Nepal government’s hopes of holding early polls to elect a new Constituent Assembly has got a setback with President Ram Baran Yadav rejecting two election-related ordinances.
The move has resulted in friction between Yadav and the Maoist-Madhesi coalition led by Baburam Bhattarai and raised doubts on the country getting a new constitution soon.
Last month the cabinet had forwarded two ordinances to Yadav, which if approved would have cleared legal and constitutional hurdles to hold elections for a new CA.
But Yadav refused to endorse the ordinances citing Election Commission’s inability to hold fresh polls on November 22, the date announced by Bhattarai following CA dissolution in May.
A statement issued on Friday by the President’s Office stated that in view of “changed circumstances” there was “no relevance” of the two ordinances.
Since Yadav had endorsed two ordinances on anti-money laundering in June, the latest move came as a surprise to the government and has evoked sharp reactions from Bhattarai’s office.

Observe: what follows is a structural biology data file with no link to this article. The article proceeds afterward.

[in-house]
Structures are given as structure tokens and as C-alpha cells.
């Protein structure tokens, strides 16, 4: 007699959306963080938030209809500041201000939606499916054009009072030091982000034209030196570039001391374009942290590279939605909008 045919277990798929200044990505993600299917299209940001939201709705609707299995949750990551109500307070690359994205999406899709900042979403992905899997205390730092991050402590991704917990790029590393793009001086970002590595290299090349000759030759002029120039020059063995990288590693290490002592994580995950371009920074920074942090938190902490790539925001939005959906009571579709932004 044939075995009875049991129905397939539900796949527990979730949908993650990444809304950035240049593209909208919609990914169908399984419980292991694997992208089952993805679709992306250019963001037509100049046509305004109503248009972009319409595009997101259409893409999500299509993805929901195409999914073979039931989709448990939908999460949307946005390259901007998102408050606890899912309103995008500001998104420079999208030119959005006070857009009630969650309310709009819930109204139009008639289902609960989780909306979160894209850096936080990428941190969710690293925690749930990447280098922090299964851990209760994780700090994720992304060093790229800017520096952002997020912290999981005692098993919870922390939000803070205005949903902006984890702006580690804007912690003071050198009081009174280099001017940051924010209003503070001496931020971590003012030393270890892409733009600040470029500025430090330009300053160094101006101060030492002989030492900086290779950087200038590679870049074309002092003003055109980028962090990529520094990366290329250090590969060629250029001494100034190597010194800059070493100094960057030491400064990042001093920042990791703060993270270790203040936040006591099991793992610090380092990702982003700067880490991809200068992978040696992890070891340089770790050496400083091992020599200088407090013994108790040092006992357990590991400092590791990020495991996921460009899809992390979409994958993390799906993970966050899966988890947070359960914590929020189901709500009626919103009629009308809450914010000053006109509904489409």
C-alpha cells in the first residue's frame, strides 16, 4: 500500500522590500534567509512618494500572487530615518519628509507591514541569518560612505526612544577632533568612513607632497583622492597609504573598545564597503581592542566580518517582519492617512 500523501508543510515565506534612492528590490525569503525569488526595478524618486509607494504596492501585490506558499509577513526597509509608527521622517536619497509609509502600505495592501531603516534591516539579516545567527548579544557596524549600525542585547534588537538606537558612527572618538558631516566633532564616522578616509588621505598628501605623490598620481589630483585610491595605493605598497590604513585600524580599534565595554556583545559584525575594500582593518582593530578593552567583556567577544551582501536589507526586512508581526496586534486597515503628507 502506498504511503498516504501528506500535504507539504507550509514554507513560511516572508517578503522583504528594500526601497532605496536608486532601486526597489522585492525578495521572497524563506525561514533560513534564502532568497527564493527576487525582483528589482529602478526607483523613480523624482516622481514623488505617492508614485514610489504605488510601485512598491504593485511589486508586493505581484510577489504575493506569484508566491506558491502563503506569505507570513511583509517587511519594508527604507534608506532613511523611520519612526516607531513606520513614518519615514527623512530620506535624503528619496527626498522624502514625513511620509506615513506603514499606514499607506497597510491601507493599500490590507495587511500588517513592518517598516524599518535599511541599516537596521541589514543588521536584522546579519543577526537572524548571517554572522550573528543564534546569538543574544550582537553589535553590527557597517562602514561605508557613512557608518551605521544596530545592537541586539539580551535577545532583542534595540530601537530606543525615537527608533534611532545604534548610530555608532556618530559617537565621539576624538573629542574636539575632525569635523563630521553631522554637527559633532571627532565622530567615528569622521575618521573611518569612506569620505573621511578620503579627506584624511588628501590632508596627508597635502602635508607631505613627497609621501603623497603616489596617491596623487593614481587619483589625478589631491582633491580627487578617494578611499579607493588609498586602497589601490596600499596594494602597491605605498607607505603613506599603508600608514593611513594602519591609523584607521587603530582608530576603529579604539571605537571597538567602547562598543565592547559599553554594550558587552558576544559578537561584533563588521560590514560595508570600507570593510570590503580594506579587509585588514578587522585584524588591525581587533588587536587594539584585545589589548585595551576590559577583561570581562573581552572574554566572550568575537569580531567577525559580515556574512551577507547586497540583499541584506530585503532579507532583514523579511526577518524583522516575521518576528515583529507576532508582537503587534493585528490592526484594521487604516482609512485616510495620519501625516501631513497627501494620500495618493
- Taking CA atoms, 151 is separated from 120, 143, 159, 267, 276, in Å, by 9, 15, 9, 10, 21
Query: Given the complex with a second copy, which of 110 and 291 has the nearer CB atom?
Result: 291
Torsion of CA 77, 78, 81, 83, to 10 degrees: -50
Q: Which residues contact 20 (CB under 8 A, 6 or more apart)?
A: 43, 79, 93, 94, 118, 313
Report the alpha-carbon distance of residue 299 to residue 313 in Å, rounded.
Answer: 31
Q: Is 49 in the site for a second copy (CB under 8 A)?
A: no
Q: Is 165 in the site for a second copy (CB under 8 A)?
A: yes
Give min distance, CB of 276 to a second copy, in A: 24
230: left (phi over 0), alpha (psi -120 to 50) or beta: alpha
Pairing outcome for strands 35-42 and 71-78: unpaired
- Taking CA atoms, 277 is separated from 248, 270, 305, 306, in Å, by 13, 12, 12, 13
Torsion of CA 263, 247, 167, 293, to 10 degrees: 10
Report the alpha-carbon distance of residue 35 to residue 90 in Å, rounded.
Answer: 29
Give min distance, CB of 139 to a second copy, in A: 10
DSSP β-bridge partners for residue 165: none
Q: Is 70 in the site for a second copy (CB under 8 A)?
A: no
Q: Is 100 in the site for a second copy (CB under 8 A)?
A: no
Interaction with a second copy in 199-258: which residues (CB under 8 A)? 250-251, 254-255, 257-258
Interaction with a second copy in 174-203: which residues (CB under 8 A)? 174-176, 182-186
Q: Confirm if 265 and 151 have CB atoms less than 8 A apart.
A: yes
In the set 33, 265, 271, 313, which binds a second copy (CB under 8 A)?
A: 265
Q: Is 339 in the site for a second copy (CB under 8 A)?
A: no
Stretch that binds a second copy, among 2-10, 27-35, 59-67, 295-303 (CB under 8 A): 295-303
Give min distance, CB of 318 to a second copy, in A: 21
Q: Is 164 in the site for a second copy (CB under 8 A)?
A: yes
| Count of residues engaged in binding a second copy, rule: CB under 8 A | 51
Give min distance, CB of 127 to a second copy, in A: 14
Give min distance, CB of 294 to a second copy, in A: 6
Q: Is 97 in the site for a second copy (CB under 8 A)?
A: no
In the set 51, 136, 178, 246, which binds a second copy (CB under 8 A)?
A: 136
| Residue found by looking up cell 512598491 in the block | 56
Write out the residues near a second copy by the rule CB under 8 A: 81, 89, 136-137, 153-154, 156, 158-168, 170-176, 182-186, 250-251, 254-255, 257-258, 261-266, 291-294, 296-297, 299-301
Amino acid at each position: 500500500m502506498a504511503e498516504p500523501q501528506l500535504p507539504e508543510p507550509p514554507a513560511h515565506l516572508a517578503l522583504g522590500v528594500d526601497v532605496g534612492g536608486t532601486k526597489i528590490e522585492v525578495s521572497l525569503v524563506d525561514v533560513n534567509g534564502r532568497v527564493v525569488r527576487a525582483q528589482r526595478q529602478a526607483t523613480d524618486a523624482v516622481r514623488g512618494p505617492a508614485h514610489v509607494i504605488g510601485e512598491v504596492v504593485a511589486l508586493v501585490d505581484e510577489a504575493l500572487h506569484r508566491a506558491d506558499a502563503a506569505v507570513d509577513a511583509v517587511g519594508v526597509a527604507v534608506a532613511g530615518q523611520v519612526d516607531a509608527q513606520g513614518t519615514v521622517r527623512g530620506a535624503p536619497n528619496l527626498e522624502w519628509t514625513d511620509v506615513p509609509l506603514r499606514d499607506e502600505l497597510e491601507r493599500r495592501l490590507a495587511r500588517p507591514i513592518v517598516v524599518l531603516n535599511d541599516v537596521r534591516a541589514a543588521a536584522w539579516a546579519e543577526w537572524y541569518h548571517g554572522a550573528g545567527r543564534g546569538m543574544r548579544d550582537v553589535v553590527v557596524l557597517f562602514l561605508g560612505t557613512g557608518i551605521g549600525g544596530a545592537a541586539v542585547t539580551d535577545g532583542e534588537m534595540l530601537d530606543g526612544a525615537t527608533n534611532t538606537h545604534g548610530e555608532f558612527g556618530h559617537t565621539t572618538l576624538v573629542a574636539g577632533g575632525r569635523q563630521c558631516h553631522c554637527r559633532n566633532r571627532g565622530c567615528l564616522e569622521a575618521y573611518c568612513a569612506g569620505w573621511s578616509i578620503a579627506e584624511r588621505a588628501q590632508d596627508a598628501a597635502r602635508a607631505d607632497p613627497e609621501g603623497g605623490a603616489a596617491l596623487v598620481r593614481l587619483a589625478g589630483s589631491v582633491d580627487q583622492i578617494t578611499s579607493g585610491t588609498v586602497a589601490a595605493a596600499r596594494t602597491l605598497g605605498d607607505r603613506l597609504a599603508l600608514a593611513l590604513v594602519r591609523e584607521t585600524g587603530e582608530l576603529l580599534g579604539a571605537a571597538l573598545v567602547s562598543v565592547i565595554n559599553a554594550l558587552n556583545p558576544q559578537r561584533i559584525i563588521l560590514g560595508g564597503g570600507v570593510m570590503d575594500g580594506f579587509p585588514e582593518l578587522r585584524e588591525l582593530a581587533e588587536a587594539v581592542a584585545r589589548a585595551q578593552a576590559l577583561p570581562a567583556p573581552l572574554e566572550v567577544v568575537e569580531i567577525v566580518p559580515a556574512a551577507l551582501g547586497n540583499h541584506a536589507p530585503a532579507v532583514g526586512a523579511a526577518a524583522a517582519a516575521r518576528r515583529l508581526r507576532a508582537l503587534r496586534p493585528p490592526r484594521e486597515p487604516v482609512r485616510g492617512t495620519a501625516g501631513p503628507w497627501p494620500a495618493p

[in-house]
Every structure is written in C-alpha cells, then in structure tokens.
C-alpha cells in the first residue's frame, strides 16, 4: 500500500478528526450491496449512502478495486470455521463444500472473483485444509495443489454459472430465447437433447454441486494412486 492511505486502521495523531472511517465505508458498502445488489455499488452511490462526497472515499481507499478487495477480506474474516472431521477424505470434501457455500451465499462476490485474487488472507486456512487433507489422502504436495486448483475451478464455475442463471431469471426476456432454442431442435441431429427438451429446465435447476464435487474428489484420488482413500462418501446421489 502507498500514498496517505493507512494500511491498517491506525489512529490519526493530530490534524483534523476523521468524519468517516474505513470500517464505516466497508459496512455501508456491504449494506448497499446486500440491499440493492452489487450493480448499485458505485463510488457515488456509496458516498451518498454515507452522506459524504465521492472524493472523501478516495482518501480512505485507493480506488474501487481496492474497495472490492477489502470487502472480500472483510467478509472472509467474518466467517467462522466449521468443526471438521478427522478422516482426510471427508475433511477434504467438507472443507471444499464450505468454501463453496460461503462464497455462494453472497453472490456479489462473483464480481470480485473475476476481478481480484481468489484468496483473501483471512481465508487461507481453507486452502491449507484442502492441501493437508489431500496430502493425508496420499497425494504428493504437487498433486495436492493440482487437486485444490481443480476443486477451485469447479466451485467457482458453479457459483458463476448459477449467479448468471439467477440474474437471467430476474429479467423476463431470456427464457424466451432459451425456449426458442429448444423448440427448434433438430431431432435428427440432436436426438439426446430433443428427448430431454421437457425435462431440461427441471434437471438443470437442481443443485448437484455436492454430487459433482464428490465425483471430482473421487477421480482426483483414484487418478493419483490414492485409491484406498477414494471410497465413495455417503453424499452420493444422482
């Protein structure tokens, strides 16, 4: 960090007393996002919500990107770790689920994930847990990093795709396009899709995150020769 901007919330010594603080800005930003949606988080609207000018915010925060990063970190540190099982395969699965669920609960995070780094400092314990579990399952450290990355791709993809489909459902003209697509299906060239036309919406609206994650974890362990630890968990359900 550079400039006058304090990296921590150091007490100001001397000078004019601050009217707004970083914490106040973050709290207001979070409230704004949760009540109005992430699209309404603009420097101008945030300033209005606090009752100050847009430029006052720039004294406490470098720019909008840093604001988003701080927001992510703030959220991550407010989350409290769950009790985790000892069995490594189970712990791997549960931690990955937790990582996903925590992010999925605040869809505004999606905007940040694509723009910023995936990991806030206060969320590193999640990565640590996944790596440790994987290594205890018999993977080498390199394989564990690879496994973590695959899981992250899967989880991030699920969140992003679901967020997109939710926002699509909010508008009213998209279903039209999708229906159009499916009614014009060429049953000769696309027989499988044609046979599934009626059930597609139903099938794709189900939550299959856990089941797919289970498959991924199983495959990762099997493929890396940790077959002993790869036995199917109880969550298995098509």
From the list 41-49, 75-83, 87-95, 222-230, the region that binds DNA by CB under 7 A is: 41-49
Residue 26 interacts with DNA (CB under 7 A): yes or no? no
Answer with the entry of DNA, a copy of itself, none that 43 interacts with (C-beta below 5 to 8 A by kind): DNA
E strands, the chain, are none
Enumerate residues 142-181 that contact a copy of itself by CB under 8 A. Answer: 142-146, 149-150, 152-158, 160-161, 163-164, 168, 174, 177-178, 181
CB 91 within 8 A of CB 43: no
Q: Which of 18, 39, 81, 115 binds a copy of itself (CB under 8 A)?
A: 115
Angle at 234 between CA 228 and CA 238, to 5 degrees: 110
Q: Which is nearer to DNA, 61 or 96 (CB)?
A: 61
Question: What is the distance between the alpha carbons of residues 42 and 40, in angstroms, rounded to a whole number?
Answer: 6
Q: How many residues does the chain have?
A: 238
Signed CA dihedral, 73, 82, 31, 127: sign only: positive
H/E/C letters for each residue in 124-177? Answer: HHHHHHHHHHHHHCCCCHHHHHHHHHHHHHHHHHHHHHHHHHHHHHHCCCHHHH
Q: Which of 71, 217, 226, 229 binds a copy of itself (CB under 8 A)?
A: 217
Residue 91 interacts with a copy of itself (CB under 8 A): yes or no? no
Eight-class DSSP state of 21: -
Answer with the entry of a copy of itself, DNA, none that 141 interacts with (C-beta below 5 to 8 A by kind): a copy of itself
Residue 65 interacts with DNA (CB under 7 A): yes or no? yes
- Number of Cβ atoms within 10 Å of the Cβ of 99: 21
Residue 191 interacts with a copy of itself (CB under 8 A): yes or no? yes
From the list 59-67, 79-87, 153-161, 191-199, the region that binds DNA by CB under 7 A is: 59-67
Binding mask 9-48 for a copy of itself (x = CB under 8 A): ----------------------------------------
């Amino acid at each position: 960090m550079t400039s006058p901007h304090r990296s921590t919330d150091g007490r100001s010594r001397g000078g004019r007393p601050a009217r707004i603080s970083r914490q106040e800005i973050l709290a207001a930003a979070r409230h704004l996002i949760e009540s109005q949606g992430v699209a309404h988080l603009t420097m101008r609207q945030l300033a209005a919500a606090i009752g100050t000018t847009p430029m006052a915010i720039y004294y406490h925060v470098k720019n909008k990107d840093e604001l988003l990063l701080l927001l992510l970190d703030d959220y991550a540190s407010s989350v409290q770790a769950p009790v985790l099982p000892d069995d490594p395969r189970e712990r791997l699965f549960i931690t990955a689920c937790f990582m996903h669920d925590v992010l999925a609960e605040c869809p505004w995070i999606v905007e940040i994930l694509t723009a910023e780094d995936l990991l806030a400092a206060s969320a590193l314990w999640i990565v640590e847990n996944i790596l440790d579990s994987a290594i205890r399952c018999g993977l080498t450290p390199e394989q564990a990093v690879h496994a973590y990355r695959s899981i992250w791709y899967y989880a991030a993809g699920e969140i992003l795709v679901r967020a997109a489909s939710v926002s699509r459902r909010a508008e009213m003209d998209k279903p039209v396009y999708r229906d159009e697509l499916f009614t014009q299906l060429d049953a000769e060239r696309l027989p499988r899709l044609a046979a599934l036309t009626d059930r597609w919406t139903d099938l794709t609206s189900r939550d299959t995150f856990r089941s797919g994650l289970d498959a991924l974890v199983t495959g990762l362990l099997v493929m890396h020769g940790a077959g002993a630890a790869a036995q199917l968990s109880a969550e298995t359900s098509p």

“The President doesn’t have the authority to reject the ordinances recommended by the government,” Bhattarai’s political advisor Devendra Paudel told ‘The Himalayan Times’.
Terming Yadav’s act as an attack on democratic norms, he said the government would resend them for the President’s endorsement.
Friday’s development is an example of the political and constitutional crisis in Nepal following dissolution of the CA in May without promulgating a new constitution.
As the CA (which doubled as parliament) ceased to exist President termed the government as ‘caretaker’, but Bhattarai has refused to accept that status.
Though consensus among parties is need of the hour, opposition parties have refused to take part in elections till Bhattarai resigns and a national unity government is constituted.
Bhattarai has refused to budge. He wants to remain in power till fresh polls or at least till there’s agreement among parties on the next government and contentious issues of the new constitution.
For Yadav, Nepal’s first President, it is not the first instance of disagreement with a Maoist-led government.
Maoist chairman Pushpa Kamal Dahal Prachanda had resigned from the prime minister’s post in 2009 after Yadav refused to approve the government’s move to remove the sitting Nepal Army chief.